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Addiction Research

Electrophysiological Biomarkers for Translational Research: A Study on Addiction 

Introduction

Substance abuse disorder (SAD) is characterized by the inability to inhibit the compulsive use of psychoactive substances in face of negative emotional, relational and physiological consequences. Anxiety and mood disorders are the most common psychopathologies diagnosed in the United Sates each year and share over 40% comorbidity. The rate of mood and anxiety disorder diagnoses are expected to increase, in part, as a function of environmental stressors, illustrated by the prevalence of these disorders in urban areas. Stress increases the likelihood of anxiety and mood disorders, which highly correlates with increased frequency of SAD45. Relatedly, rewarding substances of abuse modify these same regions 67

The neurological pathways of stress and reward overlap and each modulates the other. This overlap occurs in a distributed network and provides the target regions for creating anxiety, mood and SAD therapies. Stress hormones and psychoactive substances of abuse can increase the activity of the ventral tegmental area (VTA), resulting in the subsequent release of dopamine (DA) output to its target sites. These target sites include the nucleus accumbens (NAc), the amygdala (AMG), the prefrontal cortex (PFC) and the HPC, which together form the larger circuitry of stress and reward processing. Stressful events cause the release of the stress hormone corticotropin releasing factor (CRF), which activates the hypothalamic-pituitary-adrenal (HPA) axis. HPA activation by CRF increases the release of glucocorticoids (CORT) and binds to two glucocorticoid receptors subtypes, GR1 and GR2. In addition to activating the HPA axis, CRF binds to two receptor subtypes, CRFR1 and CRFR2, expressed in the brain regions stated above. CRFRs and GRs modulate VTA activity and the release of DA at VTA targets sites. This functional overlap between stress and reward pathways indicates a role, CRFRs, GRs and DA receptors in the modification of neuronal function from a healthy to pathogenic state.

Therapeutic targets can be discovered by studying the mechanisms of stress hormone and DA interplay in the stress and reward circuit and will require multidimensional experimental strategies. Although the observation of interplay between the concentration of stress hormones and DA has been well outlined, very little is known about the mechanisms of this interaction. Moreover, the mechanisms of interaction in the stress and reward circuit will differ given the anatomical, genetic and physiological differences in each region. As a result, it is difficult to predict the affects of stress hormones and DA on this distributed network. Functional connectivity (e.g. in vivo local field synchrony) between brain regions offers a way to overcome this problem and has been instrumental in understanding the pathogenesis and pathophysiology of neurological disorders such as obsessive compulsive disorder and rodent models of anxiety and schizophrenia. This highlights the utility of electrophysiology as a potential biomarker for translational research. Consequently, understanding the functional connectivity between each subcircuit during behavioral assessment, as it relates to stress and reward, in conjunction with pharmacological intervention can be used to understand the aetiology of anxiety, mood and SAD. The goal is to mitigate aberrant functional connectivity using pharmacological tools in order to ameliorate dysfunctional behavior. I will propose two experimental studies that focus on behavioral, electrophysiological and pharmacological experiments with the goal of determining specific therapeutic targets for pharmacological intervention to treat anxiety, mood and SAD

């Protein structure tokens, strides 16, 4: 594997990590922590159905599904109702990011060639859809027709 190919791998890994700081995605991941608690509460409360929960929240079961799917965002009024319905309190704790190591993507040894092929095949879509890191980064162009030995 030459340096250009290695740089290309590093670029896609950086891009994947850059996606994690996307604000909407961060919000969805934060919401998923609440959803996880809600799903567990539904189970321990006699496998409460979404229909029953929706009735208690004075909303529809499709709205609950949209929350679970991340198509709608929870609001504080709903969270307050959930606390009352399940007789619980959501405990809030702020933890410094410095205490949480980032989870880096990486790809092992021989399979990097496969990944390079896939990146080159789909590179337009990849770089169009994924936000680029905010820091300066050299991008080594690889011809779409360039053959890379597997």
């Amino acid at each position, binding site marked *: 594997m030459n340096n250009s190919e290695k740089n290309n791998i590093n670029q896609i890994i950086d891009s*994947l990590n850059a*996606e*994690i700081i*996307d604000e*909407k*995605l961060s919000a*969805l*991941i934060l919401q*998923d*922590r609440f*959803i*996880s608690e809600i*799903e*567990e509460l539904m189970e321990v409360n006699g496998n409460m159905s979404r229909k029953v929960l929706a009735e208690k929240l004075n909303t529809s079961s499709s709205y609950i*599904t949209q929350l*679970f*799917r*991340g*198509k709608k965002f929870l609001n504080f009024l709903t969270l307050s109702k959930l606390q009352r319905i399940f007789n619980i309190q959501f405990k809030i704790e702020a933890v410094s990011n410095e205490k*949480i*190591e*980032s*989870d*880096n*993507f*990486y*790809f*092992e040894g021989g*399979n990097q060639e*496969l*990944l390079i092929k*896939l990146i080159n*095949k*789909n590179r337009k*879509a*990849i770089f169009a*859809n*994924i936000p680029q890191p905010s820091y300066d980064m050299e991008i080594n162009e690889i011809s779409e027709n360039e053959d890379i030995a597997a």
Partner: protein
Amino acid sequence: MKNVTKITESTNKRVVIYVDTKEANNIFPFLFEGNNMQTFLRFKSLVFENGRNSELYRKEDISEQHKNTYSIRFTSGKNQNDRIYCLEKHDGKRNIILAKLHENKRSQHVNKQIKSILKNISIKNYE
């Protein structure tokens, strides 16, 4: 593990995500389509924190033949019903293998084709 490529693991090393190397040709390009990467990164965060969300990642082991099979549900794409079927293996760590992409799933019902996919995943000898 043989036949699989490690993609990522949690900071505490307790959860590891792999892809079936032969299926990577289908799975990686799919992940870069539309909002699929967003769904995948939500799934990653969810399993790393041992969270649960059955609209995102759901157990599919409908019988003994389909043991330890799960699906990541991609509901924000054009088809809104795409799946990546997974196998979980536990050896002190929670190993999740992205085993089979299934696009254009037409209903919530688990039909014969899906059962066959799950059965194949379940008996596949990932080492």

Study 1: Characterization of Aberrant Functional Connectivity Between the PFC, HPC, AMG and NAc in Drug Dependent Animals

Individuals with SAD exhibit an imbalance between cognitive control and stress-reward based motivation. In this regard, the PFC regulates impulse control and the HPC negatively controls the HPA axis while the AMG and NAc underlie stress-reward based motivation. The PFC and HPC project to the AMG, NAc (PFC-AMG/NAc and HPC-AMG/NAc, respectively) and cognitively modulate stress-reward mediated behavior. Chronic stress results in physiological dysfunction of the PFC and HPC, alters NAc excitability and increases AMG activity. This may parallel the loss of top down cognitive control and increased affective response to stressors observed in individuals with anxiety and mood disorders. Imbalanced functional connectivity between the PFC-AMG/NAc and HPC-AMG/NAc may reinforce stress-reward behavior, leading to compulsive use of substances. Accordingly, the extinction of drug use behavior (i.e. abstinence) may require restoring functional connectivity between the these structures.